Cyberwarfare is an attempt by a nation or organization to digitally attack and damage another’s computers and networks. It is a cheap and relatively risk free form of attack that can have crippling results. These attacks can disrupt infrastructure, create panic and cause damage to private and state systems.
Experts disagree on what cyberwars look like. While nation states and terrorists have used cyberattacks for politically motivated reasons, no type of extended back and forth cyberconflict has ever occured. Because cyberattacks don’t result in direct injury or loss of life, many experts are hesitant to even classify them as a type of warfare. Let’s look into what types of attacks are used in cyberwarfare and how they work.
Motivations Behind Cyberwarfare
The types of attacks hackers use in cyberwarfare are similar to those they use against private entities. The primary difference is the motivation behind the attack. Groups and countries use cyberattacks to:
- Cripple economies
- Influence political views
- Disrupt or damage military capability
- Equalize technology gaps
- Agitate conflicts
Not only are these motivations directed at state institutions, but they can also be aimed toward the private sector. For this reason, cybersecurity is more important than ever for businesses and organizations with sensitive data.
Types of Attacks Used in Cyberwar
Hackers can use a variety of techniques to sow dissent, impair their enemies, and damage systems. Attacks may include any combination of these:
Digitally, espionage entails monitoring networks and stealing sensitive information. A hacker might achieve this using botnets and spear phishing. Interestingly, espionage of any kind is not considered an act of war.
Hackers and infiltrators such as dissatisfied employees steal or destroy valuable information. The stuxnet virus, which severely limited Iran’s nuclear program, is a good example of effective sabotage. Sabotage capabilities are often bought and sold on the black market.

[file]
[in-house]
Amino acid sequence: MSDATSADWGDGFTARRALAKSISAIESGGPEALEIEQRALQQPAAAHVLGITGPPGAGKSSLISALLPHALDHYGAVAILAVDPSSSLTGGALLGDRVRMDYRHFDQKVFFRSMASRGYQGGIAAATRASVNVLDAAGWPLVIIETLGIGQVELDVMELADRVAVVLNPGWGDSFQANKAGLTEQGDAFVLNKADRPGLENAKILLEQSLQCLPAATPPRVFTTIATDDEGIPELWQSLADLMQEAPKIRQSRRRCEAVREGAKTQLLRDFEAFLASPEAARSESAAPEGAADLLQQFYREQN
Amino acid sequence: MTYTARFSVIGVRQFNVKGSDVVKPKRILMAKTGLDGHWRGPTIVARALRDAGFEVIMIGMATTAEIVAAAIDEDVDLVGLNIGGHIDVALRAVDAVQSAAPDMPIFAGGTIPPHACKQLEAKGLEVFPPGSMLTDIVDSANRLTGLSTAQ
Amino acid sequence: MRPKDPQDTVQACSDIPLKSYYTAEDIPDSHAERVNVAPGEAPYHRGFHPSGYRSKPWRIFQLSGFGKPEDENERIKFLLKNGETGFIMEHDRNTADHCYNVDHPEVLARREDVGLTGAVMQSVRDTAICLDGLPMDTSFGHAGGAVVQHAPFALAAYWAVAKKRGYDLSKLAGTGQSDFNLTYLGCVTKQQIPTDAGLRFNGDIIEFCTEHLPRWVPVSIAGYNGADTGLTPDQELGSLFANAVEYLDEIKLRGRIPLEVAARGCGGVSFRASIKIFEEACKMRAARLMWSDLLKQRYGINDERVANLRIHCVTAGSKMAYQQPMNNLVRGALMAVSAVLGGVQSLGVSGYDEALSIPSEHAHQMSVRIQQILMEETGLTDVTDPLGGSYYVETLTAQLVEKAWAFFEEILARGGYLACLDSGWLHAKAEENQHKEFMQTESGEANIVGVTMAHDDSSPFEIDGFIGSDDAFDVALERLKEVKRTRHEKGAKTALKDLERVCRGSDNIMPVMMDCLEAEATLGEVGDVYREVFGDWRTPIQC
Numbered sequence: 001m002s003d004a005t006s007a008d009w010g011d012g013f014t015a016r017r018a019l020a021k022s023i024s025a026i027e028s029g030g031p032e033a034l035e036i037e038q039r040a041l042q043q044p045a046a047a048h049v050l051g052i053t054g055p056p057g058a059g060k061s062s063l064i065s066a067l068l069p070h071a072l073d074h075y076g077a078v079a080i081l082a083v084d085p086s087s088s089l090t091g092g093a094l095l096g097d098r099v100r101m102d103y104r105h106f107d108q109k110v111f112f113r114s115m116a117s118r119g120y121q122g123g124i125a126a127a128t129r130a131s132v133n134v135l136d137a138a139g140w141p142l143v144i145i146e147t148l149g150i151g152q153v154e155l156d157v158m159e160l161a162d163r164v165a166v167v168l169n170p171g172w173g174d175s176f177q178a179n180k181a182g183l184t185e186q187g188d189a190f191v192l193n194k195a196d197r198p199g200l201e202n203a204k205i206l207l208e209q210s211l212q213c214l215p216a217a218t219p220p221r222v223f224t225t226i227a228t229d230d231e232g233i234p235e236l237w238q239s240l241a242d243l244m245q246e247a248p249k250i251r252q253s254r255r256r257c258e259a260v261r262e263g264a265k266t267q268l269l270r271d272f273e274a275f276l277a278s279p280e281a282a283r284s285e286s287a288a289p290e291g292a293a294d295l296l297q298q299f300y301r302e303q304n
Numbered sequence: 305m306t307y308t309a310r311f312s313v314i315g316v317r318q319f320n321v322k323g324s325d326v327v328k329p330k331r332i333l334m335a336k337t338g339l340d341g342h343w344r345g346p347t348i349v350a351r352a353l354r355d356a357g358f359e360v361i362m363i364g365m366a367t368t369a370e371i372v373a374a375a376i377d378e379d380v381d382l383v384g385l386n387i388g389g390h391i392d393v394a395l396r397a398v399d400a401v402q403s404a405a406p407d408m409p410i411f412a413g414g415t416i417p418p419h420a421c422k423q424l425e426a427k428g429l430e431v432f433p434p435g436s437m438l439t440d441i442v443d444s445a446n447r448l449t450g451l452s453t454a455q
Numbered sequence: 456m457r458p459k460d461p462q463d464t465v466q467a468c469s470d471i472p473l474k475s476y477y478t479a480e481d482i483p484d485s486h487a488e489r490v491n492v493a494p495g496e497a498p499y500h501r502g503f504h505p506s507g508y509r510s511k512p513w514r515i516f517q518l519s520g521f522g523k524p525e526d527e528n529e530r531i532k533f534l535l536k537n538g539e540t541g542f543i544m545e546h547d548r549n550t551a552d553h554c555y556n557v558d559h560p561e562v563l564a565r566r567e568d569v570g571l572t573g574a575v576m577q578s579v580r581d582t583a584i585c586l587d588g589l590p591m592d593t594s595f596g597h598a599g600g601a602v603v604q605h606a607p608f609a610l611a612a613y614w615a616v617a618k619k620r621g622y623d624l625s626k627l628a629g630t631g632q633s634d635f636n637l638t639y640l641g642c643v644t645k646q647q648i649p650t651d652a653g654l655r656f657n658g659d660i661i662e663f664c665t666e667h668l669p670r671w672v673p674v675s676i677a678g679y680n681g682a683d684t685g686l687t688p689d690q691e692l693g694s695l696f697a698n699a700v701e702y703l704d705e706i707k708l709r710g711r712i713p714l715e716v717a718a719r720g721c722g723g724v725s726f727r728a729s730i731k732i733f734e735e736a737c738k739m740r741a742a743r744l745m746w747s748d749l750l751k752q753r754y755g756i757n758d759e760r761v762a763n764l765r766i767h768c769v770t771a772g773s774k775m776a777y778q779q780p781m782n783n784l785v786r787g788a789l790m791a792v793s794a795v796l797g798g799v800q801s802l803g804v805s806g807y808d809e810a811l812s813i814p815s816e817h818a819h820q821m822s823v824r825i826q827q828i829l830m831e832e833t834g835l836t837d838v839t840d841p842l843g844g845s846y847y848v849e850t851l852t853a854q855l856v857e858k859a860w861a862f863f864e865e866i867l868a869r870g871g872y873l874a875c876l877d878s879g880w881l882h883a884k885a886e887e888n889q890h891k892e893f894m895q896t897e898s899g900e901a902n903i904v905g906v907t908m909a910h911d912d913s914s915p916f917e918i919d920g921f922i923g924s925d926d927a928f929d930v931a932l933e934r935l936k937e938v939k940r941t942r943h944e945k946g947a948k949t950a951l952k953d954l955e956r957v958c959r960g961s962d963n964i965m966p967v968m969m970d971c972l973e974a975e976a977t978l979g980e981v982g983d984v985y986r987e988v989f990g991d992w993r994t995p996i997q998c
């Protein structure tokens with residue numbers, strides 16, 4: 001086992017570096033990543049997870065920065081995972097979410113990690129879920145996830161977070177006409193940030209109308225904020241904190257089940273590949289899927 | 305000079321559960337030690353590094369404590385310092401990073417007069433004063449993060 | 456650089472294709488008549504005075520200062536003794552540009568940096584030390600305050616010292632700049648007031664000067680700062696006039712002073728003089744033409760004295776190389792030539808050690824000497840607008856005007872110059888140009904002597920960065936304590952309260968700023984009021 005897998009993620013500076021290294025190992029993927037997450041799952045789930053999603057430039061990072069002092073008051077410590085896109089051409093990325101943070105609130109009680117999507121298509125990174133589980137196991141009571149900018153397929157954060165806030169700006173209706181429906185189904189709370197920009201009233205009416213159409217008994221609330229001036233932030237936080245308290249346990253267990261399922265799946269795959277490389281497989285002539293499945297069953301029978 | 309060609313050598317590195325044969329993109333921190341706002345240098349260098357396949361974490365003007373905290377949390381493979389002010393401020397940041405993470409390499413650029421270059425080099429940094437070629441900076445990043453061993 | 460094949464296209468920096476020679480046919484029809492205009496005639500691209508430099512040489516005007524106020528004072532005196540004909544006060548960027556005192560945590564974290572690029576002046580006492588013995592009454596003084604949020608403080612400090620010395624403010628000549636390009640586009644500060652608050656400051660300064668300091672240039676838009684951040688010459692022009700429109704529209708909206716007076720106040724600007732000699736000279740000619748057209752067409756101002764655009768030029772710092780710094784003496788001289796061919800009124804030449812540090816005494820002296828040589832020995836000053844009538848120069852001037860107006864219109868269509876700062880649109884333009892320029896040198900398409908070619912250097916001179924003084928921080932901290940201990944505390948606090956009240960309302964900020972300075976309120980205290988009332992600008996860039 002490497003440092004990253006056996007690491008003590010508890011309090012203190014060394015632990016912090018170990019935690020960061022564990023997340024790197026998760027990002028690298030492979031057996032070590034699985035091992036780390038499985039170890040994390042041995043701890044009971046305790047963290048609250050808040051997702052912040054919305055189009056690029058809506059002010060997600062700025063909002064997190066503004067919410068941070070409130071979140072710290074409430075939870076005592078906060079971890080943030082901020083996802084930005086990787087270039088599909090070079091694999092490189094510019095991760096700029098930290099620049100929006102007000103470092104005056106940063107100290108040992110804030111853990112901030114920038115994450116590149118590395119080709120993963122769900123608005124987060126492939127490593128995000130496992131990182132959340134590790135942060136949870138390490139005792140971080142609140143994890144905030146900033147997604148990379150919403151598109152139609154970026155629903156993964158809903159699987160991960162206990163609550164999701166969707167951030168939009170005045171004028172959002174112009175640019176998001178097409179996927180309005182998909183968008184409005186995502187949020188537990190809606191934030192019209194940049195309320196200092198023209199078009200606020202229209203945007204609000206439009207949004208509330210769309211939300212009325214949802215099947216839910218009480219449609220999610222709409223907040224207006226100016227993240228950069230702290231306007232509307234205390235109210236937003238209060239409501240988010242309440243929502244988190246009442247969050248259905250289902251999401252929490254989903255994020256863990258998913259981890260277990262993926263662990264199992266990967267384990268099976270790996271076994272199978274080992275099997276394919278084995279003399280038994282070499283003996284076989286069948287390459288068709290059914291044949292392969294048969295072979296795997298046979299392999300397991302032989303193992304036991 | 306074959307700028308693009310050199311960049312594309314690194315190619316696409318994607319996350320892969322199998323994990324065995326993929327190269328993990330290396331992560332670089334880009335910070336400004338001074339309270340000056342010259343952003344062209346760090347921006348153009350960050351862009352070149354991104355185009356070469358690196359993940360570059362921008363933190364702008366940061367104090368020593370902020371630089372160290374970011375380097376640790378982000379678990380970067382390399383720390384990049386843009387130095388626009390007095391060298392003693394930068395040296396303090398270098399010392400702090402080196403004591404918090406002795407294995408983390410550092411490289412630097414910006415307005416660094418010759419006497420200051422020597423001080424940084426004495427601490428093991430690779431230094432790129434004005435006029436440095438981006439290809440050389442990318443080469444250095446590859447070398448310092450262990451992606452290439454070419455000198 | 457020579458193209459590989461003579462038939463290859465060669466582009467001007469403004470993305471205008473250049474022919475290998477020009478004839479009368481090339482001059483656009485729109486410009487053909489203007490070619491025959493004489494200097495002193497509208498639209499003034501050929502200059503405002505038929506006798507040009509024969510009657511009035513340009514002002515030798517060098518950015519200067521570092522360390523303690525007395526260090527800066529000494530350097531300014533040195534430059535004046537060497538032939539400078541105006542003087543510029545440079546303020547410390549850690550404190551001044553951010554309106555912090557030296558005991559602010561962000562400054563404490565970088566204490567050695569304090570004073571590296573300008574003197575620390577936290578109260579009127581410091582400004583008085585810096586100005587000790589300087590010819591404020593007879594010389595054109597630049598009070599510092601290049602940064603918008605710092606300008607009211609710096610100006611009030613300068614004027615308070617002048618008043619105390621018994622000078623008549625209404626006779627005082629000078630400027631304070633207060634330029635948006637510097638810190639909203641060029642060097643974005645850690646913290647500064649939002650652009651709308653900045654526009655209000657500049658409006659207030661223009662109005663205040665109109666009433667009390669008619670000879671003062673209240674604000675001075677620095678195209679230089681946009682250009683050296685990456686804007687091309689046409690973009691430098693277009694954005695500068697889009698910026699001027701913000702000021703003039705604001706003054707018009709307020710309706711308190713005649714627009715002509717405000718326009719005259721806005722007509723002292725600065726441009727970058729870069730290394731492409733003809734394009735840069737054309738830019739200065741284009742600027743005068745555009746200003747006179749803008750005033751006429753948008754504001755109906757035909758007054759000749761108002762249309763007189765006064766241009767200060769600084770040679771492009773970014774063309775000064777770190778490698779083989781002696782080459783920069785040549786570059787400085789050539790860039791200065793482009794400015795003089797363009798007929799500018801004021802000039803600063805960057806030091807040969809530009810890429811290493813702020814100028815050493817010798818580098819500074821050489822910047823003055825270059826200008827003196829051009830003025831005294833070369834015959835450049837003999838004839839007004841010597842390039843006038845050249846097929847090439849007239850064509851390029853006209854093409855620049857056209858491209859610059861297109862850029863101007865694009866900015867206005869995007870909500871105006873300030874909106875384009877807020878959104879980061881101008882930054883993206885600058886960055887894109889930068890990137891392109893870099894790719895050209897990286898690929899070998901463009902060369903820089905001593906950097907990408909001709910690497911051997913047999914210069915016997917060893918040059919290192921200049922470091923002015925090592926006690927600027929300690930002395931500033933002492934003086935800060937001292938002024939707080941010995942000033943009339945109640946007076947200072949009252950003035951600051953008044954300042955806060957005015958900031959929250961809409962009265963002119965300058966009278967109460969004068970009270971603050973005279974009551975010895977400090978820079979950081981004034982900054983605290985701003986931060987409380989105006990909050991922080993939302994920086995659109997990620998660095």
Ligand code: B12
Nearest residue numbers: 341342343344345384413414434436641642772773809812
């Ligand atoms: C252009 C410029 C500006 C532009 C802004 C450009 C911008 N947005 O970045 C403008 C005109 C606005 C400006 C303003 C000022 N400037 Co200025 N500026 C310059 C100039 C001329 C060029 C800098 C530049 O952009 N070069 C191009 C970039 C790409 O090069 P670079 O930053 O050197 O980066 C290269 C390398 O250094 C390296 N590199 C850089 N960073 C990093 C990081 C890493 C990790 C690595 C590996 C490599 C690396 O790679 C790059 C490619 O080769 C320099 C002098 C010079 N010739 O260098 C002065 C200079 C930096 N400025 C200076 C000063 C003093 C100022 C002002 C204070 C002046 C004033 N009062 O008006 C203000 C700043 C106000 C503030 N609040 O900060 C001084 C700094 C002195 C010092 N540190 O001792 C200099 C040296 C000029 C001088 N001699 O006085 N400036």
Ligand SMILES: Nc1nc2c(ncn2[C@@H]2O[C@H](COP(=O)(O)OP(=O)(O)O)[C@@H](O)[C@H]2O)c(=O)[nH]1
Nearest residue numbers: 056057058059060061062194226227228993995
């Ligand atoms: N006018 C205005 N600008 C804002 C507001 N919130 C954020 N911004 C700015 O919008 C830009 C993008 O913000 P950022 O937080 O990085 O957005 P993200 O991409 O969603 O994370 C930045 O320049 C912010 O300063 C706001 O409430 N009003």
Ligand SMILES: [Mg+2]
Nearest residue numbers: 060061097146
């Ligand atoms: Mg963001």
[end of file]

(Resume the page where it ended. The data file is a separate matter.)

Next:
Denial of Service Attacks (DOS)
Hackers prevent access to systems or websites by overwhelming them with fake requests. The compromised sites are forced to manage all these requests and become gridlocked to legitimate users. DOS attacks can result in people losing services like internet access or communication capability.
Electrical power grid
For better or worse, most utilities are controlled by computer networks. Hackers can cause major disruption by shutting down or compromising power to businesses, citizens or military installations. For example, in 2015 Irnaian hackers shut down power to 40 million people in Turkey for 12 hours.
Groups and governments use lies, misinformation and embarrassing truths to sway public opinion or sow dissent. While not directly harmful, it is a psychological weapon that can have a big impact. In 2014 North Korea hacked Sony Pictures over the release of the anti Kim Jong Un film “The Interview.” The hackers released embarrassing conversations between Sony executives and threatened to release more if the film wasn’t pulled.
Hackers steal or block access to funds to limit resources and sow chaos. Targets include stock markets, banks, payment systems and economic institutes.
Unexpected cyberattacks are often coordinated with physical campaigns. For example: compromising a defense system just before a ground attack. Fancy Bear is a well known Russian group that disabled 80% of Ukraine’s D-30 howitzers via malware attack.
How Do You Defend Against Cyberwarfare?
Most world leaders take cyberwar very seriously and even partake in cyber wargames to test their defenses and readiness. The NATO sponsored organization, Cooperative Cyber Defense Centre of Excellence (CCDCE) hosts regular drills. Governments can measure their response time to attacks and analyze how their agencies as well as the private sector respond.
Security experts recommend a layered response to cyberwar attacks with steps that include:
- Secure cyber ecosystems
- Raised awareness of cybersecurity
- Standardized defenses against attacks
- Building national cybersecurity assurance framework
- Working with the private sector to boost capabilities
These are the steps governments use to protect themselves against cyberwarfare attacks and many of them translate to American businesses like yours. You may not ever find yourself the target of cyberwarfare but hackers could use similar methods to breach your company and steal sensitive information. Political cyberwarfare involves high profile attacks that we can learn from and use to improve our cybersecurity measures at home.
Stay On Top of Your Cybersecurity Risks
We at Thriveon monitor cyberattack trends so you don’t have to. Schedule today to learn more about holistic IT services and how a proactive approach can keep your business safe. Any attack on your systems can feel like cyberwar. Thriveon is your best ally for keeping your valuable data safe.